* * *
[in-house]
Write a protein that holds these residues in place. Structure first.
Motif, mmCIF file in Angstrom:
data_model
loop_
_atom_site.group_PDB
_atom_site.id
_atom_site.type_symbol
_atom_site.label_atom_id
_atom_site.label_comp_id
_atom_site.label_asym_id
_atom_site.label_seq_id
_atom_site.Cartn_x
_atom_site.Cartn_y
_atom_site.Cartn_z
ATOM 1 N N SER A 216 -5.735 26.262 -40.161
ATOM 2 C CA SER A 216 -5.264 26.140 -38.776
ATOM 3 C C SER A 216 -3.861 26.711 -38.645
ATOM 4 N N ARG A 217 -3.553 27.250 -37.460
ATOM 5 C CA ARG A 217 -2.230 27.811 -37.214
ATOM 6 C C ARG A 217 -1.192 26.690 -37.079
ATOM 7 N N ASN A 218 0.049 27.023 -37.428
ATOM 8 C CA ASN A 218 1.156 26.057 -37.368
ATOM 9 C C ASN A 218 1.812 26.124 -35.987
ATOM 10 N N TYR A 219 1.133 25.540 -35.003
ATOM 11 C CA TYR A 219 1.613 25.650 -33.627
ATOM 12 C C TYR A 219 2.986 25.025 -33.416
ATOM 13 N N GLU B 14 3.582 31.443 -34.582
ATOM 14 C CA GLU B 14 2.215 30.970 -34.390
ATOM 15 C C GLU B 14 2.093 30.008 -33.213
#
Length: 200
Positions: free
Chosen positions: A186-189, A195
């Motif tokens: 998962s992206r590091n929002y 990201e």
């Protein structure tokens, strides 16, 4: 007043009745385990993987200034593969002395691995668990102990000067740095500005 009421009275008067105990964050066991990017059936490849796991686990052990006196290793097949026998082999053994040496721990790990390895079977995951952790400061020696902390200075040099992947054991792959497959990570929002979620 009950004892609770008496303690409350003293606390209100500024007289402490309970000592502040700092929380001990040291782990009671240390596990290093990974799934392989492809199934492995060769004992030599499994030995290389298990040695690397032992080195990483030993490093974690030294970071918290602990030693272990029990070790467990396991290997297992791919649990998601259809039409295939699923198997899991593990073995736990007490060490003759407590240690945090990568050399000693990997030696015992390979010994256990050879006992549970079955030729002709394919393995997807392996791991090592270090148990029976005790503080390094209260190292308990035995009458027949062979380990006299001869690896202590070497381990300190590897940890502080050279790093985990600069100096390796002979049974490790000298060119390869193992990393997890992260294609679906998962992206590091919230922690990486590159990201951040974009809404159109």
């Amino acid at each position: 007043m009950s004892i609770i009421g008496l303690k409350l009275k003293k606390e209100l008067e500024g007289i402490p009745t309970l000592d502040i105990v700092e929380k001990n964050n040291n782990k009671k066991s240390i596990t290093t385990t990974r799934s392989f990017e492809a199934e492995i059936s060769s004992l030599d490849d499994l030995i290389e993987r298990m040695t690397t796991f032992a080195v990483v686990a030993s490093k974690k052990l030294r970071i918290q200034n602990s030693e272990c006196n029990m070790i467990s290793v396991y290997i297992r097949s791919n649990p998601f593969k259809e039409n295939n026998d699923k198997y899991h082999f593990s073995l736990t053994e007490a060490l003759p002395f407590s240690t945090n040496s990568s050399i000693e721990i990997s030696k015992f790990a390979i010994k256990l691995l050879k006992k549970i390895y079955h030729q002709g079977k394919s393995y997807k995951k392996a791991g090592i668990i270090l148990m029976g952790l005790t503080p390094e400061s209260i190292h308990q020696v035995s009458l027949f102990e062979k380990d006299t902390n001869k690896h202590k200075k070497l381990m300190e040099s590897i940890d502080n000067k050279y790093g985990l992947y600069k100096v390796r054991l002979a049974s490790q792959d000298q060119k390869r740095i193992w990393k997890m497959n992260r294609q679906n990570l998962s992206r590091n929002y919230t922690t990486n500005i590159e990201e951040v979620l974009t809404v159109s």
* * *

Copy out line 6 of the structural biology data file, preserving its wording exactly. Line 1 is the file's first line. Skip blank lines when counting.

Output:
_atom_site.group_PDB